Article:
This is a concise summary on the potential effects of the U.S. Senate’s efforts to ‘repeal and replace’ Obamacare: from NEJM: Health, Wealth, and the U.S. Senate
Here’s an excerpt:
The Better Care Reconciliation Act (BCRA), as the U.S. Senate calls the health care bill released by a small working group of Republican senators last week, is not designed to lead to better care for Americans. Like the House bill that was passed in early May, the American Health Care Act (AHCA), it would actually do the opposite: reduce the number of people with health insurance by about 22 million, raise insurance costs for millions more, and give states the option to allow insurers to omit coverage for many critical health care services so that patients with costly illnesses, preexisting or otherwise, would be substantially underinsured and saddled with choking out-of-pocket payments — all with predictably devastating effects on the health and lives of Americans. What would get “better” under the BCRA is the tax bill faced by wealthy individuals, which would be reduced by hundreds of billions of dollars over the next decade — about $5,000 per year for families making over $200,000 per year and $50,000 or more for those making over $1 million, according to analysis of the AHCA, which included a similar set of tax provisions.1 We believe that that trade-off is not one to which we — physicians, patients, or American society — should be reconciled.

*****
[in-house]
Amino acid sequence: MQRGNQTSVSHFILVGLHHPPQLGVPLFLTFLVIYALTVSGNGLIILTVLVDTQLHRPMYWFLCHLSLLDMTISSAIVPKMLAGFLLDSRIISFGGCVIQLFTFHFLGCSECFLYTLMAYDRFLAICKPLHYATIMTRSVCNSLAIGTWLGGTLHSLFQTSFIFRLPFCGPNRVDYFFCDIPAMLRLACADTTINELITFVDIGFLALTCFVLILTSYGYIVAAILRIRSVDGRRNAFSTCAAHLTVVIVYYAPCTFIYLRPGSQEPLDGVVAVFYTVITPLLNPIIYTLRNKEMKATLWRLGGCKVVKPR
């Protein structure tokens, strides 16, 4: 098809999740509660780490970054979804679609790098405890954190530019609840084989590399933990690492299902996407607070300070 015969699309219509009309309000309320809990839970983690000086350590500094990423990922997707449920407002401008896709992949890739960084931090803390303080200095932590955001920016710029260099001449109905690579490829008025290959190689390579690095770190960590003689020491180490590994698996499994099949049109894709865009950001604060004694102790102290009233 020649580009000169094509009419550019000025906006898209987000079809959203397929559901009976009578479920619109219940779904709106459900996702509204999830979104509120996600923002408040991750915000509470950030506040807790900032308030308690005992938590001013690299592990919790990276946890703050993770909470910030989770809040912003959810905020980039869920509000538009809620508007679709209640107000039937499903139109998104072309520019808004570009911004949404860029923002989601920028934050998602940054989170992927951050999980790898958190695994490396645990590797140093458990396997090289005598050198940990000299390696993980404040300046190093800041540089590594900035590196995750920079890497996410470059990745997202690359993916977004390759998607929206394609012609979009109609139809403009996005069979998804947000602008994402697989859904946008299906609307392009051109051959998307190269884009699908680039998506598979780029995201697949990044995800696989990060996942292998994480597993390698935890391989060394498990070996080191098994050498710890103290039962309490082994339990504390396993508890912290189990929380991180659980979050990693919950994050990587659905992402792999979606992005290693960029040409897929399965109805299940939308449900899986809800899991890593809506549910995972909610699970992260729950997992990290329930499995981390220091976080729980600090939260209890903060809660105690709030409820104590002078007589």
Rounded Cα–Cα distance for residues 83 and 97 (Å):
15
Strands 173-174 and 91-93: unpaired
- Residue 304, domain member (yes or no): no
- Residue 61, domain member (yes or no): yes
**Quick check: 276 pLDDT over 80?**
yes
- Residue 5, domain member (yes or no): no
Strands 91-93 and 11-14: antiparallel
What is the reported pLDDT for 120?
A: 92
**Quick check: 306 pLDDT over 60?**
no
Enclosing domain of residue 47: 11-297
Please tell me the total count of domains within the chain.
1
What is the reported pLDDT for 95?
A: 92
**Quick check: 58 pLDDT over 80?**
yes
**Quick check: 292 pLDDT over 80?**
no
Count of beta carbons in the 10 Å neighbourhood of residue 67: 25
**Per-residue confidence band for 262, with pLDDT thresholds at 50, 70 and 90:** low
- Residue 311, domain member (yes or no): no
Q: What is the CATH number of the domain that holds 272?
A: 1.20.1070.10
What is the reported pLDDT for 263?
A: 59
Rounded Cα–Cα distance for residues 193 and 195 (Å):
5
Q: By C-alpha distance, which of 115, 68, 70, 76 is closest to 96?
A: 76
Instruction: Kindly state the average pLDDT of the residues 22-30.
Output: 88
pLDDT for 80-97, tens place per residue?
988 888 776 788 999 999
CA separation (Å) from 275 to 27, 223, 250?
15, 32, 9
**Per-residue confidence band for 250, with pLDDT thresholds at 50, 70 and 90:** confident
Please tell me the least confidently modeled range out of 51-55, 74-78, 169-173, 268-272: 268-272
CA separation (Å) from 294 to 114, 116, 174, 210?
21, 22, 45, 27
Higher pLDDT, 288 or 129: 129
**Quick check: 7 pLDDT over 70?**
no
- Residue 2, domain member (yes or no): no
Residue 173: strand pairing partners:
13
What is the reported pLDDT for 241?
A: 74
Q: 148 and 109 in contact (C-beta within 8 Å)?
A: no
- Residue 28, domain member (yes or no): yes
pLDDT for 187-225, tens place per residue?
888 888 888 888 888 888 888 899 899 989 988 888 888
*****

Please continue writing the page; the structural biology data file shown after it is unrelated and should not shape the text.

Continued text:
Related blog post: Five Reasons Why Medical Groups Oppose the Senate’s AHCA